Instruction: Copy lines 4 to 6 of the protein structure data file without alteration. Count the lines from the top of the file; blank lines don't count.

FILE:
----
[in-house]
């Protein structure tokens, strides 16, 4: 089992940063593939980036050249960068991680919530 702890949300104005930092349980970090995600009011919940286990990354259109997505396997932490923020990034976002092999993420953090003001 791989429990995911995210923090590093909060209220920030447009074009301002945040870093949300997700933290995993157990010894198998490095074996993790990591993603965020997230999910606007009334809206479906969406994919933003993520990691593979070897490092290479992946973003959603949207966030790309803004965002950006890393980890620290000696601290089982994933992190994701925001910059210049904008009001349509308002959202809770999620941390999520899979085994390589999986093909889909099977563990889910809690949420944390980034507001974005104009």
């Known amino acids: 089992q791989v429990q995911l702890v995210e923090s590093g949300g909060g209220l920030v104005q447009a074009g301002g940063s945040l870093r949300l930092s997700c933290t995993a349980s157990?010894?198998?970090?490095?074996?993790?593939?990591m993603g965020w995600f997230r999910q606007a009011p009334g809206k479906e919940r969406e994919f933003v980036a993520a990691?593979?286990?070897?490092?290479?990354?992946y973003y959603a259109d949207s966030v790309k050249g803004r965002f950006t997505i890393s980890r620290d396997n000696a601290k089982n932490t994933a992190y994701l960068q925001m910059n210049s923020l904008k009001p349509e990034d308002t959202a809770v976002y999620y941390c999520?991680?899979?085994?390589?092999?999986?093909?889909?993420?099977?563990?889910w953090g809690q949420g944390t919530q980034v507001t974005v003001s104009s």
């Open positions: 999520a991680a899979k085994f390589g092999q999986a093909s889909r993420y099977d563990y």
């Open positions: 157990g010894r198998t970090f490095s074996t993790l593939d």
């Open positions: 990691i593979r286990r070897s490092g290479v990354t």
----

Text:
């Open positions: 999520a991680a899979k085994f390589g092999q999986a093909s889909r993420y099977d563990y």
């Open positions: 157990g010894r198998t970090f490095s074996t993790l593939d």
């Open positions: 990691i593979r286990r070897s490092g290479v990354t």